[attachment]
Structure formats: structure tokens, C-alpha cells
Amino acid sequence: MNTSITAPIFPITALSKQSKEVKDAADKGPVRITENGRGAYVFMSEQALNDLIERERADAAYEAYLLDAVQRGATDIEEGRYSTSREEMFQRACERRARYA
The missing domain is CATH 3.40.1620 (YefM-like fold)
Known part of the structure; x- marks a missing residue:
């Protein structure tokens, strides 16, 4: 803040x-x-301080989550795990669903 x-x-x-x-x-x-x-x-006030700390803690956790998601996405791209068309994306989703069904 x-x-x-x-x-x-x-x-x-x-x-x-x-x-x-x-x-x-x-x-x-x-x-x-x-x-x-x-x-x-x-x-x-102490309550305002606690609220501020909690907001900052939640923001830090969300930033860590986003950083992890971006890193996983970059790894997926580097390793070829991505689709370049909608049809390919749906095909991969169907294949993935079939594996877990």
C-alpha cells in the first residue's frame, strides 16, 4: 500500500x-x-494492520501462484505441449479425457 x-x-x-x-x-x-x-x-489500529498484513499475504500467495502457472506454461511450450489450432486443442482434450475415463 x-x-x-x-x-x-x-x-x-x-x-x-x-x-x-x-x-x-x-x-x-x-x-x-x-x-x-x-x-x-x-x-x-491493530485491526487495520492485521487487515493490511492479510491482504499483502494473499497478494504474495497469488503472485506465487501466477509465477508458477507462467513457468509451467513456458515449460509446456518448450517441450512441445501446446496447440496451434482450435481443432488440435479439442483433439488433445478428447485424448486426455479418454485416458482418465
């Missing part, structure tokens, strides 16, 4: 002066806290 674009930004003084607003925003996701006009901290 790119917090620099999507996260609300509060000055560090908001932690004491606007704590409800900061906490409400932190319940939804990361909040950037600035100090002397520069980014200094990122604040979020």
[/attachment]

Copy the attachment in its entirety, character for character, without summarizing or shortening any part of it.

Structure formats: structure tokens, C-alpha cells
Amino acid sequence: MNTSITAPIFPITALSKQSKEVKDAADKGPVRITENGRGAYVFMSEQALNDLIERERADAAYEAYLLDAVQRGATDIEEGRYSTSREEMFQRACERRARYA
The missing domain is CATH 3.40.1620 (YefM-like fold)
Known part of the structure; x- marks a missing residue:
């Protein structure tokens, strides 16, 4: 803040x-x-301080989550795990669903 x-x-x-x-x-x-x-x-006030700390803690956790998601996405791209068309994306989703069904 x-x-x-x-x-x-x-x-x-x-x-x-x-x-x-x-x-x-x-x-x-x-x-x-x-x-x-x-x-x-x-x-x-102490309550305002606690609220501020909690907001900052939640923001830090969300930033860590986003950083992890971006890193996983970059790894997926580097390793070829991505689709370049909608049809390919749906095909991969169907294949993935079939594996877990």
C-alpha cells in the first residue's frame, strides 16, 4: 500500500x-x-494492520501462484505441449479425457 x-x-x-x-x-x-x-x-489500529498484513499475504500467495502457472506454461511450450489450432486443442482434450475415463 x-x-x-x-x-x-x-x-x-x-x-x-x-x-x-x-x-x-x-x-x-x-x-x-x-x-x-x-x-x-x-x-x-491493530485491526487495520492485521487487515493490511492479510491482504499483502494473499497478494504474495497469488503472485506465487501466477509465477508458477507462467513457468509451467513456458515449460509446456518448450517441450512441445501446446496447440496451434482450435481443432488440435479439442483433439488433445478428447485424448486426455479418454485416458482418465
């Missing part, structure tokens, strides 16, 4: 002066806290 674009930004003084607003925003996701006009901290 790119917090620099999507996260609300509060000055560090908001932690004491606007704590409800900061906490409400932190319940939804990361909040950037600035100090002397520069980014200094990122604040979020």